Works Ensemble & Chamber Four Sabras (1950)
The sabra is a cactus-type plant with tough thorns on the outside and sweet flesh inside. In common usage, it is applied to native-born Israelis. The Sabras in this piece are: 1) Ilana, the Dreamer; 2) Idele, the Hassidele (little Jew, the little Hassid); 3) Yosi, the Jokester; and 4) Dina, the Tomboy Who Weeps Alone.
On the cover page of the original manuscript, the title is given as Six Sabras, with an indication of two possible additions—a kibbutznik (member of a collective agricultural settlement) and an [Israeli] boy scout, without names—but these two pieces were not composed. Some detective work has been necessary in order to determine even the approximate date of composition. The title page is stamped Israeli Music Publications (IMP), suggesting that the piece might have been requested by that publisher—possibly as a set of children’s piano pieces—or, conversely, that it was simply a handy piece of paper found by Bernstein when he was conducting in Israel in 1948. He was there again in 1950, briefly in 1953, and then not until 1957. In any case, it can be established that these vignettes were written prior to 1956, since lIana, the first portrait, became “Candide’s Lament” in Bernstein’s celebrated score for Candide. (It was also known as a piano piece written for an anniversary occasion for a friend, Cesarina Riso.) No. 2, Idele, recalls Mussorgsky’s Samuel Goldenberg and Schmuyle, from Pictures at an Exhibition. Bernstein’s version of Samuel Goldenberg is a rav—a rabbinical-type teacher who Talmudically intones lessons to Bernstein’s version of Schmuyle—known as Idele (Yudel, the name of Bernstein’s paternal grandfather). Idele is otherwise distracted—i.e., the pianist’s right hand—while the rav continues to drone on in the left hand. No. 3, Yosi, may refer to a friend of Bernstein’s, Yossi Stern, an Israeli artist known for his incisive cartoons. The rhythms are reminiscent of the “jump” sequence from West Side Story’s “Dance at the Gym.” The middle lento section of No. 4, Dina, found a later echo in the score for On the Waterfront.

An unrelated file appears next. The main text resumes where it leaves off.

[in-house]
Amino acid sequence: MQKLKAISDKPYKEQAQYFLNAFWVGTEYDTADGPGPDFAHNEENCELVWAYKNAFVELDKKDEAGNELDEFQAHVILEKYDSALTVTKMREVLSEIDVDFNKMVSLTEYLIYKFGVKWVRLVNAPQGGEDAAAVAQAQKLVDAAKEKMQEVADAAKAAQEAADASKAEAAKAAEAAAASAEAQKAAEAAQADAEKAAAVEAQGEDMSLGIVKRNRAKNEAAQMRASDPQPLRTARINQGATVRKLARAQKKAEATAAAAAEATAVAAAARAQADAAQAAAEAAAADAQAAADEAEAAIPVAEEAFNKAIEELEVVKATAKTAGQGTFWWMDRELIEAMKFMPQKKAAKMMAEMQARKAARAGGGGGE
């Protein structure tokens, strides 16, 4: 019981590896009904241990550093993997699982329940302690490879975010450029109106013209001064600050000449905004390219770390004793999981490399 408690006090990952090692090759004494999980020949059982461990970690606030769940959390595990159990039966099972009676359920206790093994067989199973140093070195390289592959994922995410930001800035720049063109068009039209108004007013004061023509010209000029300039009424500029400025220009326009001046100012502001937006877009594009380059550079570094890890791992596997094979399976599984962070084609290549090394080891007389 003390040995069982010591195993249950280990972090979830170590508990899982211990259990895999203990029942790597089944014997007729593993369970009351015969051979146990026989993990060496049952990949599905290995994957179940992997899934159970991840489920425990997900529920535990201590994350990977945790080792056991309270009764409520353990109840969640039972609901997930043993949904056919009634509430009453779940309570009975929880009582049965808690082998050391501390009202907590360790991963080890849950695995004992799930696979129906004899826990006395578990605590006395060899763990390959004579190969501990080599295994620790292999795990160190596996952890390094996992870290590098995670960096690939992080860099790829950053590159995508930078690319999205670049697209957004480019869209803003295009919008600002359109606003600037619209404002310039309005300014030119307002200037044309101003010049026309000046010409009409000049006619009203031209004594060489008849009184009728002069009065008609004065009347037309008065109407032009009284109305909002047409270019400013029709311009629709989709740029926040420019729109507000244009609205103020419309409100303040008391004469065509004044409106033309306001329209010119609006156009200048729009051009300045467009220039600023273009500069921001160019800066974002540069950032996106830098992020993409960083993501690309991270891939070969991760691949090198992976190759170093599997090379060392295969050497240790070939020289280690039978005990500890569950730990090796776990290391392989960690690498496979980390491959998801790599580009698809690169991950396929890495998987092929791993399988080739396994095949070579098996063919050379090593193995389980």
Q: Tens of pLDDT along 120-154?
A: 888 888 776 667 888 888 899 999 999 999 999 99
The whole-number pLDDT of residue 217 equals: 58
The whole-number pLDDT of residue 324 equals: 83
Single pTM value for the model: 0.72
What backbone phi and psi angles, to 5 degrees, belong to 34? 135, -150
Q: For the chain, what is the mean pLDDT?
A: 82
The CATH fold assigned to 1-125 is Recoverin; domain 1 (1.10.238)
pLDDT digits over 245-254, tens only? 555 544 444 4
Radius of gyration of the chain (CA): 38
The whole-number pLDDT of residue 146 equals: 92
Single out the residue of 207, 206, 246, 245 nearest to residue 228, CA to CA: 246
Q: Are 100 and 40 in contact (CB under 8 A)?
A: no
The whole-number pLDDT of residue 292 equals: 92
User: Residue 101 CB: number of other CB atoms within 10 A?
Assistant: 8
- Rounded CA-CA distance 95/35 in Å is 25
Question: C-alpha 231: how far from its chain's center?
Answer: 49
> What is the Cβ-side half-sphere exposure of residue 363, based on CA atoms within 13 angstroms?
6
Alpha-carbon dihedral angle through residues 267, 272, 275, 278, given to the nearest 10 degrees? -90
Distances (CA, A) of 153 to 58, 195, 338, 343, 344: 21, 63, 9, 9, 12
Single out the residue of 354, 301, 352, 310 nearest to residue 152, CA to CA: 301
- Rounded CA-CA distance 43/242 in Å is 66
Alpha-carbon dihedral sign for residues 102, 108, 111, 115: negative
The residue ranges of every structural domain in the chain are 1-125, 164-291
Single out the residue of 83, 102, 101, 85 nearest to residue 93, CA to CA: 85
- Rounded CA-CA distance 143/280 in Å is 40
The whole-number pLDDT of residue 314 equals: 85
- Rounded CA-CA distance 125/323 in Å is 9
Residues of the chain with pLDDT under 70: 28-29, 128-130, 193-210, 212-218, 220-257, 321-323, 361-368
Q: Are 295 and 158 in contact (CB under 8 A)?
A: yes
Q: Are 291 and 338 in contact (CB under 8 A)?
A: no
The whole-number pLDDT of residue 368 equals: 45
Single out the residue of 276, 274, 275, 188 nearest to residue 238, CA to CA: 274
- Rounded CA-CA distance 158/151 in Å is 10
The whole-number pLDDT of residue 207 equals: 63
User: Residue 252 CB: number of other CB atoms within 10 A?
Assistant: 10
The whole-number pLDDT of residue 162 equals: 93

© by Jack Gottlieb, 2010